“The test vehicle was successfully launched,” Vice Science Minister Lee Jin-gyu told journalists, adding collected flight data showed the engine was functioning normally.

      The rocket, weighing 52 tonnes and measuring 25.8m long, was fitted with a single engine with 75-tonne thrust, the Korea Aerospace Research Institute (Kari) said.

      The engine, designed and developed by the Korea Aerospace Research Institute (Kari) as part of a US$1.8 billion (S$2.5 billion) project, will be used to propel the country’s first indigenous three-stage launch vehicle – the Korea Space Launch Vehicle-2 (KSLV-2).

      Engine combustion lasted for 151 seconds, surpassing an initial goal of 140 seconds, bringing the vehicle to an altitude of 75km before the engine stopped.

      But it continued flying due to inertia, reaching a suborbital altitude of 209km, 319 seconds after lift-off.

      It then splashed down into the ocean 429 kilometres southeast of the southern resort island of Jeju.

      “This is a significant step forward in developing a launch vehicle with our own technology,” a Kari spokesman said.

      It is the first such launch in South Korea since 2013 when the country successfully put a small satellite into orbit following failures in 2009 and in 2010.

      But the significance of the 2013 launch was widely discounted, as the launch vehicle had to rely on a Russia-developed engine for its first stage.

      On its launch – scheduled for 2021 – KSLV-2 will use five of the newly developed engines, a bundle of four for the first stage and another one for the second stage.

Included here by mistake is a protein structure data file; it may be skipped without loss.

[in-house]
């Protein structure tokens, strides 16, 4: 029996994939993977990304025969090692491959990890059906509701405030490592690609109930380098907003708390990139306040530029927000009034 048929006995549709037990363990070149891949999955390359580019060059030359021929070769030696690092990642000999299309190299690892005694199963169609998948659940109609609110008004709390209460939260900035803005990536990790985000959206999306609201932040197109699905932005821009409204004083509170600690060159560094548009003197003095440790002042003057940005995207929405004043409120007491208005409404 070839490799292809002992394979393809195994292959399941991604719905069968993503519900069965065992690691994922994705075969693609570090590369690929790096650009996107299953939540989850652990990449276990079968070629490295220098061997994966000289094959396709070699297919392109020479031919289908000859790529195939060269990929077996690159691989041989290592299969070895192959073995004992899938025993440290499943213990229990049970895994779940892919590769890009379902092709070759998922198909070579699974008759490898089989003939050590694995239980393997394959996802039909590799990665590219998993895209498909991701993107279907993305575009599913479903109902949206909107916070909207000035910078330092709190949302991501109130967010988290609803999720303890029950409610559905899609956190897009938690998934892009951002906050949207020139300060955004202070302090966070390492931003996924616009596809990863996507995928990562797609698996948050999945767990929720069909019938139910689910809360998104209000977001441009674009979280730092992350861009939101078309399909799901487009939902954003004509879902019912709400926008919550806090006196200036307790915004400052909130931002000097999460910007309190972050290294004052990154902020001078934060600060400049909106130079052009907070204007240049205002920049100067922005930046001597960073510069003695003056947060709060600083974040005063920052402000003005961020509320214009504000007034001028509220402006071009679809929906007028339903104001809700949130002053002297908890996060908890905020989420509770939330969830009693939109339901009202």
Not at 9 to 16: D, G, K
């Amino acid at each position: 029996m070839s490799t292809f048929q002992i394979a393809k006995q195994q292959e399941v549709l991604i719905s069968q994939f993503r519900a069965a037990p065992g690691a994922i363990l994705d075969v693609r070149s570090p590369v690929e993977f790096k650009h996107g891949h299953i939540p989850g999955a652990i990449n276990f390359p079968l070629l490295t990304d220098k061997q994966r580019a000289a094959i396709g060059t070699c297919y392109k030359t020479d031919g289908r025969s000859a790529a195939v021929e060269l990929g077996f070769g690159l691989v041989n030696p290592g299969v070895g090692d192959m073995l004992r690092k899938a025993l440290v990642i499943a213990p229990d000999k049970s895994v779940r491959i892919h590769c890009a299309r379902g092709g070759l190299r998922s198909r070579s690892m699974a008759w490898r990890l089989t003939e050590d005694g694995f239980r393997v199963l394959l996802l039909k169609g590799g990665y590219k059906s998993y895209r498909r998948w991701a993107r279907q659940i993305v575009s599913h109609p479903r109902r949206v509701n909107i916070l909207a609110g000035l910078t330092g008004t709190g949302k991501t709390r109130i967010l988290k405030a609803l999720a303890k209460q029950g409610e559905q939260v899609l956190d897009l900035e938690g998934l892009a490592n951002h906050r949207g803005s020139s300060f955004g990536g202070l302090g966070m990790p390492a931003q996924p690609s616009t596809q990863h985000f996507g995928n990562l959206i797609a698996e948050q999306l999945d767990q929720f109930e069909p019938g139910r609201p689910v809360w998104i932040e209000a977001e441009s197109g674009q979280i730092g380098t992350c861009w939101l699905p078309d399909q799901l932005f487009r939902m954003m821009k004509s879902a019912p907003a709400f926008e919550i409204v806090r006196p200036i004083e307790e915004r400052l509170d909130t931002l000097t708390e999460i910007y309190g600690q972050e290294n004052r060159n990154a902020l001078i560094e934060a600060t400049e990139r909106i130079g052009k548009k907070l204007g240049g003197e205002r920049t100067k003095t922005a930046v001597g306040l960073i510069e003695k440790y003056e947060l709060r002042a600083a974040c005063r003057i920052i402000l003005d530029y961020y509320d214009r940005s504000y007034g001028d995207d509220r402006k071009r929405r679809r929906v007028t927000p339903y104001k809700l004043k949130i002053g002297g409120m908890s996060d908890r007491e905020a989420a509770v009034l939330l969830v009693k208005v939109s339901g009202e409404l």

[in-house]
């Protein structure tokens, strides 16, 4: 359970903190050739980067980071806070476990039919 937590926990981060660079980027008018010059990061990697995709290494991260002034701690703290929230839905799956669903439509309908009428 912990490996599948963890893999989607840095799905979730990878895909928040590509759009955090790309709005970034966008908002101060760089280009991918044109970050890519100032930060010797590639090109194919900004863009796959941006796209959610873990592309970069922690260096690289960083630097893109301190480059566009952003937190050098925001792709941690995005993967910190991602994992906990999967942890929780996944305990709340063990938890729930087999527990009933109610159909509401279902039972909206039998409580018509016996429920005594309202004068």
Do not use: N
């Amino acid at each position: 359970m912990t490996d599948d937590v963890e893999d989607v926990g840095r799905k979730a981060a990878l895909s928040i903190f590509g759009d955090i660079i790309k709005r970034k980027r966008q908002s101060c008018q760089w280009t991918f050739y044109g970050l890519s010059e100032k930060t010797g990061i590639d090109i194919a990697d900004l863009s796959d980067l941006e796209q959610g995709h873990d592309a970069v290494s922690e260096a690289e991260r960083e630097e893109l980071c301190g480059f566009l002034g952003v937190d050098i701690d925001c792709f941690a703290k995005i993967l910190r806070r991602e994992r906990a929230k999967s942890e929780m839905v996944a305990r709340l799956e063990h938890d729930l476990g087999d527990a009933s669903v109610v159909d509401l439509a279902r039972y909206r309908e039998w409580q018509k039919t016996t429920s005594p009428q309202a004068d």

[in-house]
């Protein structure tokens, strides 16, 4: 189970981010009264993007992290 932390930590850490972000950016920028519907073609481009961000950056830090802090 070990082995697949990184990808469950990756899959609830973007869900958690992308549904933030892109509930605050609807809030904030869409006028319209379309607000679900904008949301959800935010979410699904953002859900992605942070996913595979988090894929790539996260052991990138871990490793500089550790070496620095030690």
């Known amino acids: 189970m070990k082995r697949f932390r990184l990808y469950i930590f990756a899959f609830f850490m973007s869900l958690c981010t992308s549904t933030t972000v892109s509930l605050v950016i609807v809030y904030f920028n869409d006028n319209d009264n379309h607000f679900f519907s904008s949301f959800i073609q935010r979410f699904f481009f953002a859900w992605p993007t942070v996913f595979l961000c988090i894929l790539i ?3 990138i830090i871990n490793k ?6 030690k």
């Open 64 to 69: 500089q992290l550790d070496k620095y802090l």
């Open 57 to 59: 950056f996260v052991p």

Wednesday’s test was deemed successful, as the engine combustion was maintained for over 140 seconds during the test launch, Yonhap said.

      The KSLV-2 rocket, which will be South Korea’s first space vehicle wholly designed and built by itself, will be used to place satellites into the Earth’s orbit and for other commercial applications.

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      Koreas may unite for Unesco listing

      ANDONG (South Korea) • North and South Korea have long grappled over their joint symbols at United Nations culture organisation Unesco, but they could share the honours this week when twin applications for traditional Korean wrestling come up for consideration.

      The two Koreas are still technically at war after the 1950-1953 conflict ended with an armistice rather than a peace treaty, sealing the division of the peninsula with an impenetrable border.

      But despite their vast differences, the democratic South and the communist North share the same language, culture and traditions dating back thousands of years, resulting in subtle rivalry for Unesco inscriptions in recent years.

      South Korea added its tradition of making kimchi – a fermented cabbage dish widely enjoyed across the peninsula – to Unesco’s Intangible Cultural Heritage list in 2013, prompting the North to seek the same status for its own version, granted in 2015.

      The Korean folk song Arirang has a similar story – the South’s was recognised in 2012, followed by the North’s two years later.

      “The South and North are registered as different countries at the Unesco, so we have been working separately,” said the South’s Cultural Heritage Administration, which handles Unesco applications.

      What is ssireum?

      Ssireum is among the oldest-surviving sports in Korea, with fourth-century murals from the Goguryeo dynasty depicting men grappling with each other in the traditional game.

      A ssireum match has some similarities to Japanese sumo but begins with two wrestlers facing each other on their knees in a sandpit ring, holding onto a cloth sash tied around the waist and using their strength and technique to knock the opponent to the ground.